Mr. Speaker, it is a pleasure for me to join in this debate this afternoon. Hopefully this debate will move the government to make some much needed changes to the procedures of this place, to the standing orders and to the way in which we conduct business in the House of Commons.
I note that a number of those preceding me in the debate this afternoon referred to private members' business, among other issues. Certainly that is a very important issue for every member, regardless of which party they happen to represent in this place. Whether they are opposition members or government members, private members' business is a very important issue. In fairness, I think even the backbench members on the government side have seen the inherent problems in the process.
On a number of occasions when I have written newspaper columns at home, done interviews and held meetings in consultation with the constituents of Prince George—Peace River I have referred to the lottery system of private members' business. We have to be lucky in order to have our bills chosen. I think this is true of all members, or the vast majority of members. They put a lot of time, effort and thought into drafting their private members' bills. In many cases the bills address a specific need that they see is lacking in legislation. Perhaps it has to do with something specific to their particular riding or their area of the country. They put a lot of time into drafting their private members' bills, introducing them in this place and then they sit and wait, and wait, with the slim hope that they might be fortunate enough to win the lotto 649 and have their name drawn.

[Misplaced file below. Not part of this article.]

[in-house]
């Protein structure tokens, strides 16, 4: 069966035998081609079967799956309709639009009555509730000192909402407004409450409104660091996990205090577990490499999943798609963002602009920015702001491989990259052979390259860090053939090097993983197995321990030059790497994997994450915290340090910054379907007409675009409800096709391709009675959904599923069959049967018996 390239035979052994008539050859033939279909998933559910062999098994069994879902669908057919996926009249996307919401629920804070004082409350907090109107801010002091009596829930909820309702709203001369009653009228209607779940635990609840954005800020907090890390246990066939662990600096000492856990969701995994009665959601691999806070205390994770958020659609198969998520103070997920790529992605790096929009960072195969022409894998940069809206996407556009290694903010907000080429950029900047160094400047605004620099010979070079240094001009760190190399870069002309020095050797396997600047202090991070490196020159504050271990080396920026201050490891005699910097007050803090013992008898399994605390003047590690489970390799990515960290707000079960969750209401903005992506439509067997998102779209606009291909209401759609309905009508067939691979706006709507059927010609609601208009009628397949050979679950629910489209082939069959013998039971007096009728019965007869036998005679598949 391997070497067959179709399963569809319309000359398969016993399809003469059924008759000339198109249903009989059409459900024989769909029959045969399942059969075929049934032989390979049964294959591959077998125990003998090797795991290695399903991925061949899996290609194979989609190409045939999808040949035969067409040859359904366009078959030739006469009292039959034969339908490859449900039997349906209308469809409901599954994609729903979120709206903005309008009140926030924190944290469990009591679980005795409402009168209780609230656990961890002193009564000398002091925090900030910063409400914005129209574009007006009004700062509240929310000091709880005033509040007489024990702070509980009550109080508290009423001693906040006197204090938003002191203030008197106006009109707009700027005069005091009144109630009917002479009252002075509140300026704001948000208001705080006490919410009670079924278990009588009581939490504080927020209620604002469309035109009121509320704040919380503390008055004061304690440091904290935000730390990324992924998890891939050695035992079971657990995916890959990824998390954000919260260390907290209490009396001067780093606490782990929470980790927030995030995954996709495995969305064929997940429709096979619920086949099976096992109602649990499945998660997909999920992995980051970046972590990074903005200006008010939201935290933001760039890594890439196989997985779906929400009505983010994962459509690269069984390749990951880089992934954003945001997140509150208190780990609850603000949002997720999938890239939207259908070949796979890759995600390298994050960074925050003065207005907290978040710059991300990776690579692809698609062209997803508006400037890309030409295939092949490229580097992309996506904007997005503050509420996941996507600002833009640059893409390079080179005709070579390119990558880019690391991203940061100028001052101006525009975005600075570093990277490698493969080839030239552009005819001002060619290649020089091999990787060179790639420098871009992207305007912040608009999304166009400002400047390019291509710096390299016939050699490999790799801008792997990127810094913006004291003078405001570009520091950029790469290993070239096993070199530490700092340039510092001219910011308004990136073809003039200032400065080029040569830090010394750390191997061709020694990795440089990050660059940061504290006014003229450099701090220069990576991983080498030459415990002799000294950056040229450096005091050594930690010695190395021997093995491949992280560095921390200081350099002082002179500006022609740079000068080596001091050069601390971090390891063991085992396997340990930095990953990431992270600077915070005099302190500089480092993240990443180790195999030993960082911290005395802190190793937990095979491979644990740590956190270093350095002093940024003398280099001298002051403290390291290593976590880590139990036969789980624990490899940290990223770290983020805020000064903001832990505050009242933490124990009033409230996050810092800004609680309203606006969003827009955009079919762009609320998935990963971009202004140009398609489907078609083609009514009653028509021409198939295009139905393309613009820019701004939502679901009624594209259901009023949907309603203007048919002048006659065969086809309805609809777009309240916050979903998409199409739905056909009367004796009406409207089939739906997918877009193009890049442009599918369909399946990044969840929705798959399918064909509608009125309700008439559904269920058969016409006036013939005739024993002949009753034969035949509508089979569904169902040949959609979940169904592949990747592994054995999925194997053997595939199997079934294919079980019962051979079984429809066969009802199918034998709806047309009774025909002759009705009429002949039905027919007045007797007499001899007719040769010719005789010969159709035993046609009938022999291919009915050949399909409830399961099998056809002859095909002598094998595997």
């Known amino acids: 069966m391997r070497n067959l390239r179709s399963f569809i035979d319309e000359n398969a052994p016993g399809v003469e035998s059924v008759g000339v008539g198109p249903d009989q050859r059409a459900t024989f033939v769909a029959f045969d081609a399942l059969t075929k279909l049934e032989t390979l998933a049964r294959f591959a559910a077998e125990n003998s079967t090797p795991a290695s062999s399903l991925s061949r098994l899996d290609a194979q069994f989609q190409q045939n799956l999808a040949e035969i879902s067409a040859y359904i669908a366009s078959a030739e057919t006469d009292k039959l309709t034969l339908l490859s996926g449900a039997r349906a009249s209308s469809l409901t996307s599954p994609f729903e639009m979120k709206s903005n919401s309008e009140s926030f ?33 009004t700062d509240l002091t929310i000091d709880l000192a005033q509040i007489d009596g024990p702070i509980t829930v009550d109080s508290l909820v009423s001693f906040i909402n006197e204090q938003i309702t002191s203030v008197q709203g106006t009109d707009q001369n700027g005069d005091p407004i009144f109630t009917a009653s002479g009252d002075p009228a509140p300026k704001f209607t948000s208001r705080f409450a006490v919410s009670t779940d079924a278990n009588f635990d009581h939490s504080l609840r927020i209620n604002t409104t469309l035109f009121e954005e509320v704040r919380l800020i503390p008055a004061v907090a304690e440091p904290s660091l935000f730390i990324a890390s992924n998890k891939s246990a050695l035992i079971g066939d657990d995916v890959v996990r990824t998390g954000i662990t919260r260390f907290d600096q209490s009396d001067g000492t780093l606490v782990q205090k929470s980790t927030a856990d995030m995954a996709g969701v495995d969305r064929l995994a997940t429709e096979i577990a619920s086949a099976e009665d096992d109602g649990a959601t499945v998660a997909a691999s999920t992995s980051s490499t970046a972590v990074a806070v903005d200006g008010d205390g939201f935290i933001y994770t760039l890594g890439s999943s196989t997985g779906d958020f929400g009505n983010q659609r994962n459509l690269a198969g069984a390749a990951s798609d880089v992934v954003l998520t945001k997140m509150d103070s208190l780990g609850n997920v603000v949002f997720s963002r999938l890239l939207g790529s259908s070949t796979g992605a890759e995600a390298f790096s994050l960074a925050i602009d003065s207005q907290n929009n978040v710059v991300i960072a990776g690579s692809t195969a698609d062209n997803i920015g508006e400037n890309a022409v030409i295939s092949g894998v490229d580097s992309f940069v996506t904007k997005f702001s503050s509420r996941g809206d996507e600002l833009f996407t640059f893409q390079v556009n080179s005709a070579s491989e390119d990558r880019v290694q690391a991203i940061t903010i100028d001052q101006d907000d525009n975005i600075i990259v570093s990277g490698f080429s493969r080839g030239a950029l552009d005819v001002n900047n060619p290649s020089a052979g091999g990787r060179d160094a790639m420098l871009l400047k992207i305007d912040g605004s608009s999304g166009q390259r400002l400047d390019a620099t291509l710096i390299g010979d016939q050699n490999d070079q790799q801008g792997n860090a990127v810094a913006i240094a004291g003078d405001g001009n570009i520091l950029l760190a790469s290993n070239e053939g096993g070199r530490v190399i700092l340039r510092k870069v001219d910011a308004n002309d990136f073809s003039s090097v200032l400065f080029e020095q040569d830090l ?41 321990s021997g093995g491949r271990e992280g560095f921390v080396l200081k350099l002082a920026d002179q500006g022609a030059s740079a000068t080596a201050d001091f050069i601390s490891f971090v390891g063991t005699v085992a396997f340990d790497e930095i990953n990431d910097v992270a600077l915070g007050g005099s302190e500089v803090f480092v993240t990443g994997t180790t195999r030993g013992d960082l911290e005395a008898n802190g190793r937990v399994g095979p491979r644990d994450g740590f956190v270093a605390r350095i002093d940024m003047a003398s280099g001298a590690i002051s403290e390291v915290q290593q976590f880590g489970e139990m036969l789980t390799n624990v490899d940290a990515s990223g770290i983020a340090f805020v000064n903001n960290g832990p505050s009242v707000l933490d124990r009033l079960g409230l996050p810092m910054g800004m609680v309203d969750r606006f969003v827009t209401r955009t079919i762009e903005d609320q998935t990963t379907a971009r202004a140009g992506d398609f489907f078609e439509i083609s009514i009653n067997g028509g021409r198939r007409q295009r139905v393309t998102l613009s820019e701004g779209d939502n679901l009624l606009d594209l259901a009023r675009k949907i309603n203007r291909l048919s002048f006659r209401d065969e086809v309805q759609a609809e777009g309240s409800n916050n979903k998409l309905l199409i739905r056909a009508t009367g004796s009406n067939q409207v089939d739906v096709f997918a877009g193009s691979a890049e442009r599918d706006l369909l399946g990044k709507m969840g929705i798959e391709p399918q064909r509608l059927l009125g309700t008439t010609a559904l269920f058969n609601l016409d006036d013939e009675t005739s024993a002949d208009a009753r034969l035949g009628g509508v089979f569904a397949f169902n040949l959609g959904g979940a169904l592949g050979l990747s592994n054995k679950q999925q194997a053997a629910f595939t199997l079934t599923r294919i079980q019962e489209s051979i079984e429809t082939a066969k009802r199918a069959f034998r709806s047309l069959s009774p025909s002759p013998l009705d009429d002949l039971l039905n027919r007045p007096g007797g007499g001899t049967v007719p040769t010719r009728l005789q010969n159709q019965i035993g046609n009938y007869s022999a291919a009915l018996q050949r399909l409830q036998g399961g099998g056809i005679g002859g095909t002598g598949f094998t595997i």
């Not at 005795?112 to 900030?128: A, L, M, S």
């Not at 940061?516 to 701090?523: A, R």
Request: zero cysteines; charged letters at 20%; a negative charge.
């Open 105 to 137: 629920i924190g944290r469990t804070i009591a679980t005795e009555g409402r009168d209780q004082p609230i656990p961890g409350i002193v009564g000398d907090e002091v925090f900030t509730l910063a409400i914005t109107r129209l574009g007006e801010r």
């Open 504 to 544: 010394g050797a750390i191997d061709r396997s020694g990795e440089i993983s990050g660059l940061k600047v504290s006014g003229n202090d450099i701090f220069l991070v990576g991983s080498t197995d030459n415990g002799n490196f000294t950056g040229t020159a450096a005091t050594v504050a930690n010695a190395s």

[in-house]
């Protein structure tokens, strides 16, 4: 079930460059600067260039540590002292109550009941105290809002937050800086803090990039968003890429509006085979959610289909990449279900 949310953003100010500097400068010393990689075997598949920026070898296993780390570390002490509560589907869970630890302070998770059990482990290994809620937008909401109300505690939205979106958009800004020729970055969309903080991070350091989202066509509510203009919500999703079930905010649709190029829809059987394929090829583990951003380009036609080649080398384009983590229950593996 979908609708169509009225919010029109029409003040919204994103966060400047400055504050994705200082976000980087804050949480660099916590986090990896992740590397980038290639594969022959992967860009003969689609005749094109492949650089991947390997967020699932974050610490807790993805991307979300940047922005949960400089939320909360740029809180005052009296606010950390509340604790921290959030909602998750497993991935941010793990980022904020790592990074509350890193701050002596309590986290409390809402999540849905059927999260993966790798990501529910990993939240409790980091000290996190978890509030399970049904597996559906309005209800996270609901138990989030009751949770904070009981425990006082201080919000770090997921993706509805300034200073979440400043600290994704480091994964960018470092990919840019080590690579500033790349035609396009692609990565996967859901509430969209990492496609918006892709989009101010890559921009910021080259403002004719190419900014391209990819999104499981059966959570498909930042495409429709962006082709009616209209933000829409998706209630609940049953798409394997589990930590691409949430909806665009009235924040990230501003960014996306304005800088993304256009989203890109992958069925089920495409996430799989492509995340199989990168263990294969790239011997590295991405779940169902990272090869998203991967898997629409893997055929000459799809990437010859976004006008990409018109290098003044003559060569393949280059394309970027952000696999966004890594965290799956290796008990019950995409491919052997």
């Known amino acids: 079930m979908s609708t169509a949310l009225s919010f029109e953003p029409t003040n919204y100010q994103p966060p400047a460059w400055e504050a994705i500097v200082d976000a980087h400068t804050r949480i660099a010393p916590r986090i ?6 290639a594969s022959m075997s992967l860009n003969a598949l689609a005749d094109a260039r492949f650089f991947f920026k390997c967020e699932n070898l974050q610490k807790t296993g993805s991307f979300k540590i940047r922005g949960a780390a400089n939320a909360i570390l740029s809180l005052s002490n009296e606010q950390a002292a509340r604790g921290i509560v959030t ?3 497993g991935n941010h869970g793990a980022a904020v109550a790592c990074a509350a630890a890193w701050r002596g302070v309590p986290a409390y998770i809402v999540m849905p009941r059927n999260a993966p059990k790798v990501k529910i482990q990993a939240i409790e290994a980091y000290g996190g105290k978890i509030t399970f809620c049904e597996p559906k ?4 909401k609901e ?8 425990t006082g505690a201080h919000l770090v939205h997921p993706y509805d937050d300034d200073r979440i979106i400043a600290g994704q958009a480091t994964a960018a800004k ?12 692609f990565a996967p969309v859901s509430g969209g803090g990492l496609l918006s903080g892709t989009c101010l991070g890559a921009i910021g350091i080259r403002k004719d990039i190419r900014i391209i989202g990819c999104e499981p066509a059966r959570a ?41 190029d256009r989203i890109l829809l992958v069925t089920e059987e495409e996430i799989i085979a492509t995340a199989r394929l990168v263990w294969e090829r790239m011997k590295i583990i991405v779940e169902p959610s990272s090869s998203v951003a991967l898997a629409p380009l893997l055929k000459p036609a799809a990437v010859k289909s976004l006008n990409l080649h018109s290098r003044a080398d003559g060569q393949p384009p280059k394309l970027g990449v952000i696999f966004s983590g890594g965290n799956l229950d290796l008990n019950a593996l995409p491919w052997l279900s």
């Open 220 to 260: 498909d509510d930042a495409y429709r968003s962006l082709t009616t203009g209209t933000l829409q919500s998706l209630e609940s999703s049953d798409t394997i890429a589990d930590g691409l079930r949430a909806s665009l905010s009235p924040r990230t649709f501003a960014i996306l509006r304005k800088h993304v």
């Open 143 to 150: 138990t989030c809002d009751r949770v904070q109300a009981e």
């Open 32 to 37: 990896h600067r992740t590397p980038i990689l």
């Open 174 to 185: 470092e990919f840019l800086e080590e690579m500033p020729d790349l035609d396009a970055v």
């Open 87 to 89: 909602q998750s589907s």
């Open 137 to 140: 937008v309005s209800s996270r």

Then when they have their name drawn they go to the next step, which unfortunately is to go before a supposedly non-partisan all party committee to plead their case. They go on bended knee after they have been fortunate enough to be one of the ones to have their name drawn. They go before this committee to try to convince it that of the 15 drawn theirs should be one of the 5 that are fortunate enough to have their bill made votable. It is a process that I have been critical of, as I think a great many members have been on both sides of the House.
Reformers are system changers. Those of us who were elected in the first go around back in the fall of 1993 were sent to Ottawa to change the system, to change the way that governance is done in Canada. It is one of the prime reasons for which the people of Prince George—Peace River supported me as a Reform candidate back in 1993. They said “We want you to go down there, Jay, and try to change the system”.
Certainly Reform has been criticized many times over the past four and a half years for running up against the wall, the wall of the old traditional ways, the old system. We are constantly pushing the envelope and saying that we were sent here to change the system.
Yes, there are a lot of traditions that we respect in this place as very loyal, patriotic Canadians, but there are a lot that we question. We say “Just because it has been done that way for 130-some years, does that make it right? Does it make it the most efficient and the most effective way in which to govern a country as large and as diverse as Canada?” There are many areas where change is needed.